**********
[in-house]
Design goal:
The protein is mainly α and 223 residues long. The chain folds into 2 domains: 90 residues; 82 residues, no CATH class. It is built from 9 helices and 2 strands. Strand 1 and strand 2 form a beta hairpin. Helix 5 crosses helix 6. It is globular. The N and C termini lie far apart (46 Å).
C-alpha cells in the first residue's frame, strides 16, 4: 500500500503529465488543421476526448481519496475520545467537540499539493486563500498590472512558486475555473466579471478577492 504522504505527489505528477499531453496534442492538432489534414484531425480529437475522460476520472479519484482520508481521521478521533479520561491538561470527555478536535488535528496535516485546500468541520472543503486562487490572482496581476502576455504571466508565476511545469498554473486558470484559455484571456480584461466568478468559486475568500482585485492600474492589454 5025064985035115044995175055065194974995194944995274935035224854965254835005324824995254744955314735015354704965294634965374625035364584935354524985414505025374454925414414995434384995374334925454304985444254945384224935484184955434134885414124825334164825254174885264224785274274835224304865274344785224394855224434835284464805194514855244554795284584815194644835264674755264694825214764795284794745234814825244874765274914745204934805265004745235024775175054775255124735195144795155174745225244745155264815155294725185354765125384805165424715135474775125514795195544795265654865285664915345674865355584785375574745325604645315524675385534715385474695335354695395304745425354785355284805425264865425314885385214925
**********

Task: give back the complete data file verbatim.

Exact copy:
[in-house]
Design goal:
The protein is mainly α and 223 residues long. The chain folds into 2 domains: 90 residues; 82 residues, no CATH class. It is built from 9 helices and 2 strands. Strand 1 and strand 2 form a beta hairpin. Helix 5 crosses helix 6. It is globular. The N and C termini lie far apart (46 Å).
C-alpha cells in the first residue's frame, strides 16, 4: 500500500503529465488543421476526448481519496475520545467537540499539493486563500498590472512558486475555473466579471478577492 504522504505527489505528477499531453496534442492538432489534414484531425480529437475522460476520472479519484482520508481521521478521533479520561491538561470527555478536535488535528496535516485546500468541520472543503486562487490572482496581476502576455504571466508565476511545469498554473486558470484559455484571456480584461466568478468559486475568500482585485492600474492589454 5025064985035115044995175055065194974995194944995274935035224854965254835005324824995254744955314735015354704965294634965374625035364584935354524985414505025374454925414414995434384995374334925454304985444254945384224935484184955434134885414124825334164825254174885264224785274274835224304865274344785224394855224434835284464805194514855244554795284584815194644835264674755264694825214764795284794745234814825244874765274914745204934805265004745235024775175054775255124735195144795155174745225244745155264815155294725185354765125384805165424715135474775125514795195544795265654865285664915345674865355584785375574745325604645315524675385534715385474695335354695395304745425354785355284805425264865425314885385214925